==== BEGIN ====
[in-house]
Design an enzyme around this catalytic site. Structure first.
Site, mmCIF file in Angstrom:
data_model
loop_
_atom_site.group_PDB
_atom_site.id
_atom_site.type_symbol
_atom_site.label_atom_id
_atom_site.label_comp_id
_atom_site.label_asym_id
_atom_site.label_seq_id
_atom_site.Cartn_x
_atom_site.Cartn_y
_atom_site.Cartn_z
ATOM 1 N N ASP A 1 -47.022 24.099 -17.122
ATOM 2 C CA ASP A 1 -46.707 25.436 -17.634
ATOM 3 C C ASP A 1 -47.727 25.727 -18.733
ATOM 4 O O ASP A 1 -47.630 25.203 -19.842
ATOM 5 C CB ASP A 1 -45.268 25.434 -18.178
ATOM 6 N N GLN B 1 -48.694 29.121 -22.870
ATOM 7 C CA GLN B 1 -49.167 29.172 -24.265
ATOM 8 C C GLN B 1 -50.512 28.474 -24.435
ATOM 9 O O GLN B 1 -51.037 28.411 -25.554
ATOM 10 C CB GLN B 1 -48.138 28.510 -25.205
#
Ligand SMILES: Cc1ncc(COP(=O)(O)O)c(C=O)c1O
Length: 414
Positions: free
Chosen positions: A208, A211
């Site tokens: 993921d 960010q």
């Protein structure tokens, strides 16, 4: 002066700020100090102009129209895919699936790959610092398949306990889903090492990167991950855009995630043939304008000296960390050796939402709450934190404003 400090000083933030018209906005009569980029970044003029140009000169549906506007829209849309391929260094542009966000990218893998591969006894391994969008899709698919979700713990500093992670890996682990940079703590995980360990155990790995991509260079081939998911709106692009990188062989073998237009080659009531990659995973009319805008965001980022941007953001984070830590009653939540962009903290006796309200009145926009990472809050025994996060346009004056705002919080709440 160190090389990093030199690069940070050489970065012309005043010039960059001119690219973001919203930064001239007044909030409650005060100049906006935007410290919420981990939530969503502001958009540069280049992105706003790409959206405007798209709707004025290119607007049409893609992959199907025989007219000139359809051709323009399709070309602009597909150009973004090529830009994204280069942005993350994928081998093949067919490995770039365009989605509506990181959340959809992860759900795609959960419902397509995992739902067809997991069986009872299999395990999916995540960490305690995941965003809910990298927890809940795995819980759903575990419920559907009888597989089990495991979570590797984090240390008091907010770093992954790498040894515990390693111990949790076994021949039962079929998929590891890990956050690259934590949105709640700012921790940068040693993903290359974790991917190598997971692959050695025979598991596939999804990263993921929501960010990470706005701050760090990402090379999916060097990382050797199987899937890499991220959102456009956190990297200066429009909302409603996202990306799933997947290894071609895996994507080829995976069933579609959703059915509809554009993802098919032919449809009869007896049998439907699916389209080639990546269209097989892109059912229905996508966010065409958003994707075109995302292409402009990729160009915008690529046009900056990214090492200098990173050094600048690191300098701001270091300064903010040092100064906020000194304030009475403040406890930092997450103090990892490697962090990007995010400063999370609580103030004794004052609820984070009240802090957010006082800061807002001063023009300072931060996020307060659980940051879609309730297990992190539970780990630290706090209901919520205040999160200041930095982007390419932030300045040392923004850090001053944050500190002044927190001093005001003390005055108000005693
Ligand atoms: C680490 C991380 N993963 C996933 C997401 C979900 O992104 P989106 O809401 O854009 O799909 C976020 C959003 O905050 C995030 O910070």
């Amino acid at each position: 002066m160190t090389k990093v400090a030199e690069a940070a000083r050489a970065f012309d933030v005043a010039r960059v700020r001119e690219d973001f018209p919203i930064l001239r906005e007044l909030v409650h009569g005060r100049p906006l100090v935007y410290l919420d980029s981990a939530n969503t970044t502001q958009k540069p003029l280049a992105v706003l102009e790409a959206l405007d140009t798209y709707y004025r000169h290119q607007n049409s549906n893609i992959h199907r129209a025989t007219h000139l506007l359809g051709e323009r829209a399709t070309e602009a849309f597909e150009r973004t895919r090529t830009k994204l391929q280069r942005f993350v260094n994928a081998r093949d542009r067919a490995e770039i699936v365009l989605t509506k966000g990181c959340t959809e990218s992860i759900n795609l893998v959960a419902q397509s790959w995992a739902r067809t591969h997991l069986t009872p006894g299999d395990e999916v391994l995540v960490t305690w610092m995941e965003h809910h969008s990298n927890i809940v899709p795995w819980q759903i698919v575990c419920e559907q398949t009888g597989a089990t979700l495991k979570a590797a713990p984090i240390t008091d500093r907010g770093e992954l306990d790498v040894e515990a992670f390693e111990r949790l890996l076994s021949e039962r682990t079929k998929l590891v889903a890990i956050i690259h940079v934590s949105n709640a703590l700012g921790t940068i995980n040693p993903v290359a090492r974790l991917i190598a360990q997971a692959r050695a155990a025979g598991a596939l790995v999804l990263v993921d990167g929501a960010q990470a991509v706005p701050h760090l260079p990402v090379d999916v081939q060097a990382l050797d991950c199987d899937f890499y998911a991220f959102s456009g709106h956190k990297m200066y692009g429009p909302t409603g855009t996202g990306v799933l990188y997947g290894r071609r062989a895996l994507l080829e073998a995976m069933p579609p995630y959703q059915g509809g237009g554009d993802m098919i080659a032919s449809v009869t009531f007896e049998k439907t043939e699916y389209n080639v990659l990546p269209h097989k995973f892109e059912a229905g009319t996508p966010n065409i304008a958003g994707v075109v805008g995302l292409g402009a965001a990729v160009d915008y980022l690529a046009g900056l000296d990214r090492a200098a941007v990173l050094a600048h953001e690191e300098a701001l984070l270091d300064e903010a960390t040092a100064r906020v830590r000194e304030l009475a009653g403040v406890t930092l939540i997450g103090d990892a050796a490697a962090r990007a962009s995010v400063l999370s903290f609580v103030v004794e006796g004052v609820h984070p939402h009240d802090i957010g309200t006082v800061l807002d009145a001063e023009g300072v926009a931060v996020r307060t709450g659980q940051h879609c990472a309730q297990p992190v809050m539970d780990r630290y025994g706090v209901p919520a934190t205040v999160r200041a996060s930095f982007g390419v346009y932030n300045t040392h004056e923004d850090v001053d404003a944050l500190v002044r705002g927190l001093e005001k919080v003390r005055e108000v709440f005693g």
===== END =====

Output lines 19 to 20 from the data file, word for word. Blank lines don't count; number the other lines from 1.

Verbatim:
ATOM 4 O O ASP A 1 -47.630 25.203 -19.842
ATOM 5 C CB ASP A 1 -45.268 25.434 -18.178